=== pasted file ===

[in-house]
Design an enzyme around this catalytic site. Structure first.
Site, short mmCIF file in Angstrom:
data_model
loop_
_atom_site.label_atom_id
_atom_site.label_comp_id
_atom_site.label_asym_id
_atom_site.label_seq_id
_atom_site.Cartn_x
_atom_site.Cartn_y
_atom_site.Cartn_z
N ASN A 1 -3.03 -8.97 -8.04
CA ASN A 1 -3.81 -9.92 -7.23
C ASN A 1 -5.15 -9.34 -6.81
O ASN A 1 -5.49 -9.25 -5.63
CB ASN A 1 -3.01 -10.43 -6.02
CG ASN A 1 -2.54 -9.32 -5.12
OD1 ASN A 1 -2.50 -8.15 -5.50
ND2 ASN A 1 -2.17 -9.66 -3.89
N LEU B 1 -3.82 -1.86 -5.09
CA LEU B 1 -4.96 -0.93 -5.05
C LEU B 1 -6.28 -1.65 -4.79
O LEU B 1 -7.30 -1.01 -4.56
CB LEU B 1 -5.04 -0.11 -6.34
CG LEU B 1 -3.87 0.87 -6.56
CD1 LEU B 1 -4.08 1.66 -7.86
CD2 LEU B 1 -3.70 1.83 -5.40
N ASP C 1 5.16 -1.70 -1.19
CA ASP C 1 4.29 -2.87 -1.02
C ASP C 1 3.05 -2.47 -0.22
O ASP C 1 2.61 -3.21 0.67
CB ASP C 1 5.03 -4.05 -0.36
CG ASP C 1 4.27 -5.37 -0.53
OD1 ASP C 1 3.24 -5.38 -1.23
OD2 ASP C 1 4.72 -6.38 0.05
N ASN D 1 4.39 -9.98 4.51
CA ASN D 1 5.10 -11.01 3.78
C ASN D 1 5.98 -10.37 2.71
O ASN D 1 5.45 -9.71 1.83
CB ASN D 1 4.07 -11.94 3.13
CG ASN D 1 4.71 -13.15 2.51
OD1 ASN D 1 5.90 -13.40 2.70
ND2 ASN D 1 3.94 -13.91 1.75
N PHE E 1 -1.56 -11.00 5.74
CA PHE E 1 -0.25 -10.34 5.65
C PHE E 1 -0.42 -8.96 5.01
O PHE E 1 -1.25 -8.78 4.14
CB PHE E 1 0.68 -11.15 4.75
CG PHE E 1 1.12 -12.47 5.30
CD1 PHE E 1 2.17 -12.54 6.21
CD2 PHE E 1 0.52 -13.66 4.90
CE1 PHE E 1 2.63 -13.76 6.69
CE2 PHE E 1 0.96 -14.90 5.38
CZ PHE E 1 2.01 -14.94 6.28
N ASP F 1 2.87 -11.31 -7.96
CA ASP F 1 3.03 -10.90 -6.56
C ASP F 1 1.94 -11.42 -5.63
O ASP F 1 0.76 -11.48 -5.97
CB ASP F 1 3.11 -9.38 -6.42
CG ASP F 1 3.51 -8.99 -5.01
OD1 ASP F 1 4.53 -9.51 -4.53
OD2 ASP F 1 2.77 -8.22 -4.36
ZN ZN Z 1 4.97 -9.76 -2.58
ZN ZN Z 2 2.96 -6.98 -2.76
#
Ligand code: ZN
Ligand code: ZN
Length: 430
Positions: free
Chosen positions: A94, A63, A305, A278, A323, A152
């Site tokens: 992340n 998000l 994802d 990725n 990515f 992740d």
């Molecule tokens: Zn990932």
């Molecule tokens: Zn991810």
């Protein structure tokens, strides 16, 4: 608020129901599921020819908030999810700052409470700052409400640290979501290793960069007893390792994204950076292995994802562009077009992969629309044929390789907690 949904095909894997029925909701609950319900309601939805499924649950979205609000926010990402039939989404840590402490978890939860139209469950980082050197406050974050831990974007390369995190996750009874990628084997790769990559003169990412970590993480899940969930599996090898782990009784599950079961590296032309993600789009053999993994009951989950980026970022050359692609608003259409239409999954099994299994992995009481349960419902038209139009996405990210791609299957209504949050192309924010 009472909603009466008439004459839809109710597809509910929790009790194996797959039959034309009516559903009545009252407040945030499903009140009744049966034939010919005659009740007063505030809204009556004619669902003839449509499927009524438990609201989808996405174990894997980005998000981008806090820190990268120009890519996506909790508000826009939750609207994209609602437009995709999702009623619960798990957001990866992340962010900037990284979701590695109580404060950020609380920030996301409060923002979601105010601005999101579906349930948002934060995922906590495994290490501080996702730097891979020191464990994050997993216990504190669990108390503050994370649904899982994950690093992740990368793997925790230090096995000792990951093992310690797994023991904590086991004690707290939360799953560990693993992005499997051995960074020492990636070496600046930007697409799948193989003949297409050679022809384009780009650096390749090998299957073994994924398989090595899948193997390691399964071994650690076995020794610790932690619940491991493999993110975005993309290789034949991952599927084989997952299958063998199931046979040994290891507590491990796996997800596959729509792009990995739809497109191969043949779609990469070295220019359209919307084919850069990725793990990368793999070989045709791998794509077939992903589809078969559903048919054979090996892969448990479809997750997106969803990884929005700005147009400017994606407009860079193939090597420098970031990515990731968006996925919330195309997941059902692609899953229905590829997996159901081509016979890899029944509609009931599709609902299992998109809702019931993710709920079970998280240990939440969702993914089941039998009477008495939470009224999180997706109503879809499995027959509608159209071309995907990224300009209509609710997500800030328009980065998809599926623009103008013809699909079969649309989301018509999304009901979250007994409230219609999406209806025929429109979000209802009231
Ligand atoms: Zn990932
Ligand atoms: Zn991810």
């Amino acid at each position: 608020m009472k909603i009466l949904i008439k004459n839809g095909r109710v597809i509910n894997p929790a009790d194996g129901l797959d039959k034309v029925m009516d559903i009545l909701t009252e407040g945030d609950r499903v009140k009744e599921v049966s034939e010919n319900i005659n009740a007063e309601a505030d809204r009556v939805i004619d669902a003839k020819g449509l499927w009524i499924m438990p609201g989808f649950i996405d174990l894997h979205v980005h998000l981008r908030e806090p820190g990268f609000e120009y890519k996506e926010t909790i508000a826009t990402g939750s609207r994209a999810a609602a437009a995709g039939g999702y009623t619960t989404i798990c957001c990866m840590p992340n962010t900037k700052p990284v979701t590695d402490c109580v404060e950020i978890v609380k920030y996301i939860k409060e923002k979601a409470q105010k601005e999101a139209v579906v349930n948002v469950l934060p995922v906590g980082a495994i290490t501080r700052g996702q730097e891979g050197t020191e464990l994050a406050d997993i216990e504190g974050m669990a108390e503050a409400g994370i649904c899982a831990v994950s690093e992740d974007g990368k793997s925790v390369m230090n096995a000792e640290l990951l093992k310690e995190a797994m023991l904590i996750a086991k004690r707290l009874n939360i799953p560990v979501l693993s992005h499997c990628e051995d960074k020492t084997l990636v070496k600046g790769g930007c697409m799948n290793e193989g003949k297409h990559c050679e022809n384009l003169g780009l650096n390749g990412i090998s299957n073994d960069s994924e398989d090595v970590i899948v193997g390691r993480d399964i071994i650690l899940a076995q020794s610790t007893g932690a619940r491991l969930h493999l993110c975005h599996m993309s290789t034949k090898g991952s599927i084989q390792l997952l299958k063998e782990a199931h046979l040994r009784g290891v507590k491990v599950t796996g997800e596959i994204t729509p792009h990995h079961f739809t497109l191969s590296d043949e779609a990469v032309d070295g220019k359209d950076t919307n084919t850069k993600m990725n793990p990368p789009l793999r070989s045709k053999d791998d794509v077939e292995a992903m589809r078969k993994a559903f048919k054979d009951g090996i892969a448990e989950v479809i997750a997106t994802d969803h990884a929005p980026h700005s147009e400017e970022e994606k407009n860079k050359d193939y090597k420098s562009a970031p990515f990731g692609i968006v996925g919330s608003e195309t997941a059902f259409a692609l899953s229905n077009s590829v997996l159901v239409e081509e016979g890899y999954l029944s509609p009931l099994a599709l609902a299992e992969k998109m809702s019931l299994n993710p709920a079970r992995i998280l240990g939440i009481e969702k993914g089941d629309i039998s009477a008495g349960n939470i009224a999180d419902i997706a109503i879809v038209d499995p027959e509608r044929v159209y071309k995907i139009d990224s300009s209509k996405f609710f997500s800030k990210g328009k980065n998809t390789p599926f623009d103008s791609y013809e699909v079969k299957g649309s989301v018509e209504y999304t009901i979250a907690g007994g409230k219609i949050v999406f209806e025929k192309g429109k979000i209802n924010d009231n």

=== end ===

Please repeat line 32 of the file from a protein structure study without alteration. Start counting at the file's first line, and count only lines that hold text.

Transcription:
O ASP C 1 2.61 -3.21 0.67